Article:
Weight loss on a budget
Weight loss on a budget
We live in a society that is obsessed with body image and attaining the ideal weight. Some do it because they want to fit in and others do it because they genuinely want to be healthy. “Last December, researchers at Harvard published a paper scientifically examining a complaint common among conscientious eaters – that healthy food is more expensive than junk.” (Victoria Bekiempis, Newsweek.com).
It’s like we are sitting on a see-saw and we don’t know which side to get off. On one side we are encouraged by physicians and health experts to follow a healthy diet and on the other side we are being screamed at by our decreasing bank balance which feels the pinch of healthy foods. How do you find a balance between the two?
We want to help you find the balance, so we have gathered some key tips in trying to achieve this very important, very relevant balancing act.
Protein is not just an amazing source of goodness for body it is also one of the most expensive sources. Try to mix things up with your source of protein, red meat and fish and chicken are not the only sources of protein.
- Try vegetarian products, the range of soya that is now available is endless and the best part is that chefs have mastered new and unique ways of preparing these dishes so they don’t taste like cardboard but rather are filled with flavour.
- If you are cooking meat, add in some supporting cast ingredients like kidney beans or lentils, etc. this way you are able to make the meat dish go further.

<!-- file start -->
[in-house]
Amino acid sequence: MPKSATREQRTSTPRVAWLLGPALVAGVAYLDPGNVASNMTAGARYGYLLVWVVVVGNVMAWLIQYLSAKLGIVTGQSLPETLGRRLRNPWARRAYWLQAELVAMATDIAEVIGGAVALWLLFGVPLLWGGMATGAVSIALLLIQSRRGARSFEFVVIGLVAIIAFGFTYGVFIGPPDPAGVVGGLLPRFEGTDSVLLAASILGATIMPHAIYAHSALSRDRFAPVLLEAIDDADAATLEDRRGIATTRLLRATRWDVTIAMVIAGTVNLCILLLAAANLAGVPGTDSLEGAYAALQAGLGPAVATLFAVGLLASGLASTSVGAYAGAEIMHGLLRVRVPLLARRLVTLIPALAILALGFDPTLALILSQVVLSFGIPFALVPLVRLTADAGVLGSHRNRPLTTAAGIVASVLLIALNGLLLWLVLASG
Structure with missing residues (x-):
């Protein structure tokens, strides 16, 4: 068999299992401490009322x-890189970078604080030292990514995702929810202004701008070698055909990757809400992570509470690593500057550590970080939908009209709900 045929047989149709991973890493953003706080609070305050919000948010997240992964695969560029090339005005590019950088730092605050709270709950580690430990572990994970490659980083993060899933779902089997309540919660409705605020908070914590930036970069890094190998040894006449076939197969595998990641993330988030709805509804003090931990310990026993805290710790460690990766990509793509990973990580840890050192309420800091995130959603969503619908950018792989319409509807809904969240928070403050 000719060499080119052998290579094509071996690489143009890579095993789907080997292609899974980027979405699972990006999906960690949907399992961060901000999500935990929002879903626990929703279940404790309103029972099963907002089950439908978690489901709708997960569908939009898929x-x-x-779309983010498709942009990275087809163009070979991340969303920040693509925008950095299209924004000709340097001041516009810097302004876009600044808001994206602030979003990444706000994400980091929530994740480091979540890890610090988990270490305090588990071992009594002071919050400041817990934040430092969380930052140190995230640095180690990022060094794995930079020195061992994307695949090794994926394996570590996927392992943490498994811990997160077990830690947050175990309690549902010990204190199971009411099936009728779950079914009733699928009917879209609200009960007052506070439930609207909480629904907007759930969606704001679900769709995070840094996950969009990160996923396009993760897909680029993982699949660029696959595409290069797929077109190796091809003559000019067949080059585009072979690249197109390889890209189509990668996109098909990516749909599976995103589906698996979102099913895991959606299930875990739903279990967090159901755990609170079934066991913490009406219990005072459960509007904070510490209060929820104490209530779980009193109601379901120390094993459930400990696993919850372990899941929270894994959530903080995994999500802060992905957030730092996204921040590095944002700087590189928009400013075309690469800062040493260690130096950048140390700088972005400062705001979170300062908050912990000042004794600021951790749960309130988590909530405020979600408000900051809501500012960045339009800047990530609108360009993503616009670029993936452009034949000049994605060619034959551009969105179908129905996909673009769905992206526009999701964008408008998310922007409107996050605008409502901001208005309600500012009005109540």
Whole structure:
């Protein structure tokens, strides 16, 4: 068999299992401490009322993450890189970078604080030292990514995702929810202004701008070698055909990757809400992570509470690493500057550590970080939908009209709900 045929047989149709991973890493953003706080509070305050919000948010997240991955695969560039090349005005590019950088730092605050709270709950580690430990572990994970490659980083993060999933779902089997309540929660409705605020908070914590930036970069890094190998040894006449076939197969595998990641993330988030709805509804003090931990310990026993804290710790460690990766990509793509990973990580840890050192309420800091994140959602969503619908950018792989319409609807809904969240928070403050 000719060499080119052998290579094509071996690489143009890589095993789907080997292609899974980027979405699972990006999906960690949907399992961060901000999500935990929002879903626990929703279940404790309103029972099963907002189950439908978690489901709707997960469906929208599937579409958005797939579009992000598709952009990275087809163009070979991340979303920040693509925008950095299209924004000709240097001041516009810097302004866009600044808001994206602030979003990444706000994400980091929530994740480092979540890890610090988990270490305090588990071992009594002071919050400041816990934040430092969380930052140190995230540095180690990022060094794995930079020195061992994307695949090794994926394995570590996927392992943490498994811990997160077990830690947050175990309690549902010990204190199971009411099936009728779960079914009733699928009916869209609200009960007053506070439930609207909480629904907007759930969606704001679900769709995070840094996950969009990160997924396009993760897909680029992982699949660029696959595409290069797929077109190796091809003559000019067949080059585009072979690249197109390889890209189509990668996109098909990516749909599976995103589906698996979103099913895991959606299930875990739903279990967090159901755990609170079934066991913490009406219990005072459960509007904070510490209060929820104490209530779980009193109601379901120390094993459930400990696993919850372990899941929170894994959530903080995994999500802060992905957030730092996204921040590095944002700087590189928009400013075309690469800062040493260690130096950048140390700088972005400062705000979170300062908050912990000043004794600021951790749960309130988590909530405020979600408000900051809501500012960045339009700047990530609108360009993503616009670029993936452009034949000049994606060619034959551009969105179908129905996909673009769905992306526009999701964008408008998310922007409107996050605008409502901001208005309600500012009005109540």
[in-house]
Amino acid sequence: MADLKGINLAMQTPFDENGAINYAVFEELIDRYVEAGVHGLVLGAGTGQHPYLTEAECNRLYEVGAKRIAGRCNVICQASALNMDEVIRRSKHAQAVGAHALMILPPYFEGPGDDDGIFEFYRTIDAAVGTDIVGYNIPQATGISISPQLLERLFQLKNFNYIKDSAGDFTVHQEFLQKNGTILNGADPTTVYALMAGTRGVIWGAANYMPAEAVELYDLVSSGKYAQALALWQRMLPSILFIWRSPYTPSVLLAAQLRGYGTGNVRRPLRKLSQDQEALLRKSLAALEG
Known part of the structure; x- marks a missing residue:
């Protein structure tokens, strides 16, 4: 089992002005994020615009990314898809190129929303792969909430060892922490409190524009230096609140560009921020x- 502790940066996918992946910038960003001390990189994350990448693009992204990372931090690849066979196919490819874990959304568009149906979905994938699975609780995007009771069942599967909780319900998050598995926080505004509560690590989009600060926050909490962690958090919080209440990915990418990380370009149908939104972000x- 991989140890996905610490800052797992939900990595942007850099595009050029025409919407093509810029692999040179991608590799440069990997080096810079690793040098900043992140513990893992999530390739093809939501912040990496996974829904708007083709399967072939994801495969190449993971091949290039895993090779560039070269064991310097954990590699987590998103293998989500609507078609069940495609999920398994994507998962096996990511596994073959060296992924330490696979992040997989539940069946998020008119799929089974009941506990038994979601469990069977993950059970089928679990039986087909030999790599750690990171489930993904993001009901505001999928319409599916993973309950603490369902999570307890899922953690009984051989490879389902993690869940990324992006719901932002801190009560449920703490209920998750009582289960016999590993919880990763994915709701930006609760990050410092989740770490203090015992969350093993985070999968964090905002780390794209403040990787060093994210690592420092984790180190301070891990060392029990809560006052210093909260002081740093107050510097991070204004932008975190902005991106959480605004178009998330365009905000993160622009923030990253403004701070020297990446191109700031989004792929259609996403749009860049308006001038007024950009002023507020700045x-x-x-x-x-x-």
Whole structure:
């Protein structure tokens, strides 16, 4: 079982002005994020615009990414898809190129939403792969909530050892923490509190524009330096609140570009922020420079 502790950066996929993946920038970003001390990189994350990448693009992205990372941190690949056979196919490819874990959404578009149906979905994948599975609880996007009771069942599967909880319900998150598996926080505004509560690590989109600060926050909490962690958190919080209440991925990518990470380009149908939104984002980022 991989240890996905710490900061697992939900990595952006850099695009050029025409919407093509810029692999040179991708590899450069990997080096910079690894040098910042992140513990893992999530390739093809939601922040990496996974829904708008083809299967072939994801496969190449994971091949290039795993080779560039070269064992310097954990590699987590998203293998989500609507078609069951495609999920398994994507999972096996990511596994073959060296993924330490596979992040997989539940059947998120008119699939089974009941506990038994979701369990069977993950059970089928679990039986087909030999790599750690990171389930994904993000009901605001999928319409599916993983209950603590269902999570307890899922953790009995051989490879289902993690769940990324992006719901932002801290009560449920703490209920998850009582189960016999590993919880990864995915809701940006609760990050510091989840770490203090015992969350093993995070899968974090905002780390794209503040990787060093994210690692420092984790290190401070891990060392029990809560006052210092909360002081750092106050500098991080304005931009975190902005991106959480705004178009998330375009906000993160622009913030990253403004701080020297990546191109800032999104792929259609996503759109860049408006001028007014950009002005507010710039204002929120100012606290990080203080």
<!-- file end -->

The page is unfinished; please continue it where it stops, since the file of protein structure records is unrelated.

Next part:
- Shift from fresh fish to frozen fish or tinned fish (in water not oil – this is healthier) – the way you prepare the fish is what matters so get creative.
Fruits and Vegetables always feature as top selectors in eating healthy but sometimes they reach sky high prices for small portions.
- Try buying your fruit and vegetables in bulk from a fresh produce market, this way you save on the mark up.
- Use your green fingers to plant your own fruits and veggies, this is an extremely economical way of saving but also helps the environment.
- Try out frozen vegetables, they are usually frozen fresh and are generally cheaper than fresh produce, plus they have lengthier lifespan.
Get milky with it. Milk is a rich source of calcium but sometimes it is neglected due to its luxury status.
- Buy sachet milk, it’s cheaper and it tastes just as good.
- Buy the large tub of yoghurt or drinking yoghurt, this way you have something that lasts longer and is better value for your rand.
- Try to buy low fat dairy products so that you are able to stay within your healthy goal. We know fat free products are generally more expensive so stick to low fat, unless you are consuming an abnormal amount of dairy this will not make a huge difference in eating healthy.
Cereals don’t have to be killers and dent your wallet. Fibre should be your friend.
- Unrefined whole grains are the way to go, refining makes the products more expensive and strips the food from fibre, vitamins and minerals. A good example is brown bread; it’s cheaper and better for you.
- Cereals that can be cooked (oats and maize meal) are often cheaper than instant cereals, but you can find a balance here, if you are saving with bulk instant cereals and you enjoy them more then go for the choice that makes you happy because as the saying goes, breakfast is the most important meal of the day.
The truth is that finding a balance in life is never easy, so rising up to the challenge is what distinguishes a driven person from a lazy person. Make eating healthy a fun and exciting adventure for you and your family instead of a dreaded and expensive one, so that you can live a better and hopefully longer life.
Thanks to Health24.com for the enlightening information.
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